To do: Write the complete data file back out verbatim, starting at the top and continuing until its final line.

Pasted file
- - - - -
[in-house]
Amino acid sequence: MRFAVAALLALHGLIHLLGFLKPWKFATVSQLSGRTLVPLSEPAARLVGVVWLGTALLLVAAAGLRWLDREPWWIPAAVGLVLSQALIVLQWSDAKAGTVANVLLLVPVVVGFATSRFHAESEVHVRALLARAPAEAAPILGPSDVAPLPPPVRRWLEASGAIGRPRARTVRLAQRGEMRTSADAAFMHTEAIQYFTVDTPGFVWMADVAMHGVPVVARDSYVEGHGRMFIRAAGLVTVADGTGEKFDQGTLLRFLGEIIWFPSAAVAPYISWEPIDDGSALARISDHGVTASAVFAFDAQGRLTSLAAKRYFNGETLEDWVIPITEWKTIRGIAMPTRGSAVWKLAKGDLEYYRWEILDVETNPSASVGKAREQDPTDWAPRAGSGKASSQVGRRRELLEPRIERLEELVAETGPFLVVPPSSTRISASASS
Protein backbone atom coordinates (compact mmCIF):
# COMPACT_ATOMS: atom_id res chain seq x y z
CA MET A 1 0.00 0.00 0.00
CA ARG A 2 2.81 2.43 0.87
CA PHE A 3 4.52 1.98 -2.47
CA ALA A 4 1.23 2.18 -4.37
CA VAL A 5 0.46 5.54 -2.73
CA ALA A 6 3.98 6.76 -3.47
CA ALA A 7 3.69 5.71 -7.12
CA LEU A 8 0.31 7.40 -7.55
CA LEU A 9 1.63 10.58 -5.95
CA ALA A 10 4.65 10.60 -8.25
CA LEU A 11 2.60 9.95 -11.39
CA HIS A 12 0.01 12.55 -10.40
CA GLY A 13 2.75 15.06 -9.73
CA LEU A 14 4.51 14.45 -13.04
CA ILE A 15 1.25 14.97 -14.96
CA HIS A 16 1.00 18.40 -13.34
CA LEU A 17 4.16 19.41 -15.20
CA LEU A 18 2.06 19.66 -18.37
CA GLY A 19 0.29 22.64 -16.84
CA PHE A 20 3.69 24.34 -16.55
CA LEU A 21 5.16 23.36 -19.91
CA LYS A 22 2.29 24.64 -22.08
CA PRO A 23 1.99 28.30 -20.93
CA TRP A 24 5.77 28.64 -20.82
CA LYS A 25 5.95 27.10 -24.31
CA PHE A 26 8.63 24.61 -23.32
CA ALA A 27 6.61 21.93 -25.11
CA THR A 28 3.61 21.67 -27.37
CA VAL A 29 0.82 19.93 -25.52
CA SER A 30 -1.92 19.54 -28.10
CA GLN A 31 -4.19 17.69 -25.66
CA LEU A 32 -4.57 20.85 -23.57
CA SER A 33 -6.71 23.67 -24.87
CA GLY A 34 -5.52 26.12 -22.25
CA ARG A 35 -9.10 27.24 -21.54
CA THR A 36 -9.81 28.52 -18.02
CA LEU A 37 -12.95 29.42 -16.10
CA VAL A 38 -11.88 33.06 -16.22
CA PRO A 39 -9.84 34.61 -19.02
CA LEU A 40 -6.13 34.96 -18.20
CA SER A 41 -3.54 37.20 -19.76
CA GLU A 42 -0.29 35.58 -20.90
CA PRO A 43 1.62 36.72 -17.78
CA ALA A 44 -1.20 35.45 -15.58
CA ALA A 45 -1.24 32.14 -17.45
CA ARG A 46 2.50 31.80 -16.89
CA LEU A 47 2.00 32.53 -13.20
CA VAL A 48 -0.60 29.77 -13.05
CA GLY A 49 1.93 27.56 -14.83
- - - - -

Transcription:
[in-house]
Amino acid sequence: MRFAVAALLALHGLIHLLGFLKPWKFATVSQLSGRTLVPLSEPAARLVGVVWLGTALLLVAAAGLRWLDREPWWIPAAVGLVLSQALIVLQWSDAKAGTVANVLLLVPVVVGFATSRFHAESEVHVRALLARAPAEAAPILGPSDVAPLPPPVRRWLEASGAIGRPRARTVRLAQRGEMRTSADAAFMHTEAIQYFTVDTPGFVWMADVAMHGVPVVARDSYVEGHGRMFIRAAGLVTVADGTGEKFDQGTLLRFLGEIIWFPSAAVAPYISWEPIDDGSALARISDHGVTASAVFAFDAQGRLTSLAAKRYFNGETLEDWVIPITEWKTIRGIAMPTRGSAVWKLAKGDLEYYRWEILDVETNPSASVGKAREQDPTDWAPRAGSGKASSQVGRRRELLEPRIERLEELVAETGPFLVVPPSSTRISASASS
Protein backbone atom coordinates (compact mmCIF):
# COMPACT_ATOMS: atom_id res chain seq x y z
CA MET A 1 0.00 0.00 0.00
CA ARG A 2 2.81 2.43 0.87
CA PHE A 3 4.52 1.98 -2.47
CA ALA A 4 1.23 2.18 -4.37
CA VAL A 5 0.46 5.54 -2.73
CA ALA A 6 3.98 6.76 -3.47
CA ALA A 7 3.69 5.71 -7.12
CA LEU A 8 0.31 7.40 -7.55
CA LEU A 9 1.63 10.58 -5.95
CA ALA A 10 4.65 10.60 -8.25
CA LEU A 11 2.60 9.95 -11.39
CA HIS A 12 0.01 12.55 -10.40
CA GLY A 13 2.75 15.06 -9.73
CA LEU A 14 4.51 14.45 -13.04
CA ILE A 15 1.25 14.97 -14.96
CA HIS A 16 1.00 18.40 -13.34
CA LEU A 17 4.16 19.41 -15.20
CA LEU A 18 2.06 19.66 -18.37
CA GLY A 19 0.29 22.64 -16.84
CA PHE A 20 3.69 24.34 -16.55
CA LEU A 21 5.16 23.36 -19.91
CA LYS A 22 2.29 24.64 -22.08
CA PRO A 23 1.99 28.30 -20.93
CA TRP A 24 5.77 28.64 -20.82
CA LYS A 25 5.95 27.10 -24.31
CA PHE A 26 8.63 24.61 -23.32
CA ALA A 27 6.61 21.93 -25.11
CA THR A 28 3.61 21.67 -27.37
CA VAL A 29 0.82 19.93 -25.52
CA SER A 30 -1.92 19.54 -28.10
CA GLN A 31 -4.19 17.69 -25.66
CA LEU A 32 -4.57 20.85 -23.57
CA SER A 33 -6.71 23.67 -24.87
CA GLY A 34 -5.52 26.12 -22.25
CA ARG A 35 -9.10 27.24 -21.54
CA THR A 36 -9.81 28.52 -18.02
CA LEU A 37 -12.95 29.42 -16.10
CA VAL A 38 -11.88 33.06 -16.22
CA PRO A 39 -9.84 34.61 -19.02
CA LEU A 40 -6.13 34.96 -18.20
CA SER A 41 -3.54 37.20 -19.76
CA GLU A 42 -0.29 35.58 -20.90
CA PRO A 43 1.62 36.72 -17.78
CA ALA A 44 -1.20 35.45 -15.58
CA ALA A 45 -1.24 32.14 -17.45
CA ARG A 46 2.50 31.80 -16.89
CA LEU A 47 2.00 32.53 -13.20
CA VAL A 48 -0.60 29.77 -13.05
CA GLY A 49 1.93 27.56 -14.83